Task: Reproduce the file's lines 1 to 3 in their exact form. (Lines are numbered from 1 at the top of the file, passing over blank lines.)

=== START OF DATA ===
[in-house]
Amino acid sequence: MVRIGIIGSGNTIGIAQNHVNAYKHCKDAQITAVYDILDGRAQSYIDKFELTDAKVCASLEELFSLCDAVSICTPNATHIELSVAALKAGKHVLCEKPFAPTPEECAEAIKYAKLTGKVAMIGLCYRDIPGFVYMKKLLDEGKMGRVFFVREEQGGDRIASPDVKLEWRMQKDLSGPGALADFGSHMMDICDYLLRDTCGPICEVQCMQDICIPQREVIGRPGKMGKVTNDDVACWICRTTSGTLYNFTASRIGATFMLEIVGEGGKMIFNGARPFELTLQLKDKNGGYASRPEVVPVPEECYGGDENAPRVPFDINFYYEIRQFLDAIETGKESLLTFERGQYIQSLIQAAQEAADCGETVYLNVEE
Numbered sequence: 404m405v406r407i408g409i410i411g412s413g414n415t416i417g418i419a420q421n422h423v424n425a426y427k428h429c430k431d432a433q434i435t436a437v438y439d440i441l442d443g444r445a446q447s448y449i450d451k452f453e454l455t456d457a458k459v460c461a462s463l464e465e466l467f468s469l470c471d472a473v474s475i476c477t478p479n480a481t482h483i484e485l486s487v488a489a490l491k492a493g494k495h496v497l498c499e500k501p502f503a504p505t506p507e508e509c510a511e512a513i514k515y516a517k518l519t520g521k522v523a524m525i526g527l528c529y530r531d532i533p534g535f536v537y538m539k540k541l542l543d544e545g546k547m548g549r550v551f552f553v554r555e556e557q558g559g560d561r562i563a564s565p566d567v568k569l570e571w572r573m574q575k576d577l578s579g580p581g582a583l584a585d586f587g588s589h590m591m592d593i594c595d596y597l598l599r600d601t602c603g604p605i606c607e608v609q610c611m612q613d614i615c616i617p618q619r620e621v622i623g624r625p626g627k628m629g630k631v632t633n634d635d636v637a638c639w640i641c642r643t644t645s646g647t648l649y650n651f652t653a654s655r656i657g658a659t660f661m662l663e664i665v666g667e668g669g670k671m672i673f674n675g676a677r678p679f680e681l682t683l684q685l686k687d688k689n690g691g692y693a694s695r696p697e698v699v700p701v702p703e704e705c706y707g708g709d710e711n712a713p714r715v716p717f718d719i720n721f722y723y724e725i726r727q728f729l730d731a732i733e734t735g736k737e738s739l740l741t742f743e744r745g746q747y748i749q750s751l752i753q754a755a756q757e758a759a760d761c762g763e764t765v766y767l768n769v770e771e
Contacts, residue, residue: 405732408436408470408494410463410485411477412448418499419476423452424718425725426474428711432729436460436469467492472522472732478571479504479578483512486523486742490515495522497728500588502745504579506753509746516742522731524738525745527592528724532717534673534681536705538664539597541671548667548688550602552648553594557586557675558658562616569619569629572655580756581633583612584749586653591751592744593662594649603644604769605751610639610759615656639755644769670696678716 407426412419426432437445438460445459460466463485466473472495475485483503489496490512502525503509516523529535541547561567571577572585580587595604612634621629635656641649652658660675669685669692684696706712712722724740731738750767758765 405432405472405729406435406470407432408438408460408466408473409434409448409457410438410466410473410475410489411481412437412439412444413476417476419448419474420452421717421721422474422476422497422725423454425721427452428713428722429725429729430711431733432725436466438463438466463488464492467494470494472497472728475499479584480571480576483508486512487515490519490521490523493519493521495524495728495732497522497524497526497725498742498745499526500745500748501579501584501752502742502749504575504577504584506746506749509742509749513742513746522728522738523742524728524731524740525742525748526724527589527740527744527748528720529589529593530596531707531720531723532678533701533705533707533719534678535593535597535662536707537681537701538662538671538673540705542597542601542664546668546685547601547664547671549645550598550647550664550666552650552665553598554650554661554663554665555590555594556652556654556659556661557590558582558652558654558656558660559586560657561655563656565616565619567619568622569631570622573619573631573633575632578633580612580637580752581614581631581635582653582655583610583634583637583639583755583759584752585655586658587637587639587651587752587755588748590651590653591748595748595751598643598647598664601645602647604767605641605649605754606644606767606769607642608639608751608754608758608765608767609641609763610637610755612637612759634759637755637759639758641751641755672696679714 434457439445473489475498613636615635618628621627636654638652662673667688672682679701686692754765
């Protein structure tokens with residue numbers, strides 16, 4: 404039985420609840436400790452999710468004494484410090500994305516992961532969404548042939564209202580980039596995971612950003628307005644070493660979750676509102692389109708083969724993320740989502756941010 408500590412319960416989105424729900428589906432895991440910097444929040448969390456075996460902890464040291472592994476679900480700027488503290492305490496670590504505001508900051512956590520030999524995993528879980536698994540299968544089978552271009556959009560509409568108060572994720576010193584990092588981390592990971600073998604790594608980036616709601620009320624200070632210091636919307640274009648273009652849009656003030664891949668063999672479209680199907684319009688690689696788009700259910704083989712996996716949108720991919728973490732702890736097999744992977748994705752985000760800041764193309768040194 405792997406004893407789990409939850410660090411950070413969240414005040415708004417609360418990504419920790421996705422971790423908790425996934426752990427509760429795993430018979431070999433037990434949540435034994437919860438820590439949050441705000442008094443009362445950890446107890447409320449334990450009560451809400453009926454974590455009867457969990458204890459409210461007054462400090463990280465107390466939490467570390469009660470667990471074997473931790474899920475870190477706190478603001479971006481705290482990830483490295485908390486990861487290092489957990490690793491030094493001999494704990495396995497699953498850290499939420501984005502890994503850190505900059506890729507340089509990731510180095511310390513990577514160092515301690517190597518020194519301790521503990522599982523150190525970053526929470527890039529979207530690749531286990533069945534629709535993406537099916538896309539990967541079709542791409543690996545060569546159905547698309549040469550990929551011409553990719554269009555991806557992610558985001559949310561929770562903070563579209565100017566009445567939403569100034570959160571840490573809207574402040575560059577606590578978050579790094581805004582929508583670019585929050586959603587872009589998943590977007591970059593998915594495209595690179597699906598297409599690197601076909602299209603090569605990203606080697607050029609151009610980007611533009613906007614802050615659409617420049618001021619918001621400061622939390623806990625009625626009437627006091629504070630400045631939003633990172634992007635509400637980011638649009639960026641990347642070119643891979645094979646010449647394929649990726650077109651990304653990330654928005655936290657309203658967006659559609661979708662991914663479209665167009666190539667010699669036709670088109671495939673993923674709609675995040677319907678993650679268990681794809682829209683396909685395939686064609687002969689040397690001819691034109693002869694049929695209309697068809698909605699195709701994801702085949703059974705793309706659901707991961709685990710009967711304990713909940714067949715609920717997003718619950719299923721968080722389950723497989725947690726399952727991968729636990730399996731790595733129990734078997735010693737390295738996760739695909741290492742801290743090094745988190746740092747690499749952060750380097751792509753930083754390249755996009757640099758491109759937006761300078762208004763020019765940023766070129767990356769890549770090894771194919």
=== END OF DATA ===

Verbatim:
[in-house]
Amino acid sequence: MVRIGIIGSGNTIGIAQNHVNAYKHCKDAQITAVYDILDGRAQSYIDKFELTDAKVCASLEELFSLCDAVSICTPNATHIELSVAALKAGKHVLCEKPFAPTPEECAEAIKYAKLTGKVAMIGLCYRDIPGFVYMKKLLDEGKMGRVFFVREEQGGDRIASPDVKLEWRMQKDLSGPGALADFGSHMMDICDYLLRDTCGPICEVQCMQDICIPQREVIGRPGKMGKVTNDDVACWICRTTSGTLYNFTASRIGATFMLEIVGEGGKMIFNGARPFELTLQLKDKNGGYASRPEVVPVPEECYGGDENAPRVPFDINFYYEIRQFLDAIETGKESLLTFERGQYIQSLIQAAQEAADCGETVYLNVEE
Numbered sequence: 404m405v406r407i408g409i410i411g412s413g414n415t416i417g418i419a420q421n422h423v424n425a426y427k428h429c430k431d432a433q434i435t436a437v438y439d440i441l442d443g444r445a446q447s448y449i450d451k452f453e454l455t456d457a458k459v460c461a462s463l464e465e466l467f468s469l470c471d472a473v474s475i476c477t478p479n480a481t482h483i484e485l486s487v488a489a490l491k492a493g494k495h496v497l498c499e500k501p502f503a504p505t506p507e508e509c510a511e512a513i514k515y516a517k518l519t520g521k522v523a524m525i526g527l528c529y530r531d532i533p534g535f536v537y538m539k540k541l542l543d544e545g546k547m548g549r550v551f552f553v554r555e556e557q558g559g560d561r562i563a564s565p566d567v568k569l570e571w572r573m574q575k576d577l578s579g580p581g582a583l584a585d586f587g588s589h590m591m592d593i594c595d596y597l598l599r600d601t602c603g604p605i606c607e608v609q610c611m612q613d614i615c616i617p618q619r620e621v622i623g624r625p626g627k628m629g630k631v632t633n634d635d636v637a638c639w640i641c642r643t644t645s646g647t648l649y650n651f652t653a654s655r656i657g658a659t660f661m662l663e664i665v666g667e668g669g670k671m672i673f674n675g676a677r678p679f680e681l682t683l684q685l686k687d688k689n690g691g692y693a694s695r696p697e698v699v700p701v702p703e704e705c706y707g708g709d710e711n712a713p714r715v716p717f718d719i720n721f722y723y724e725i726r727q728f729l730d731a732i733e734t735g736k737e738s739l740l741t742f743e744r745g746q747y748i749q750s751l752i753q754a755a756q757e758a759a760d761c762g763e764t765v766y767l768n769v770e771e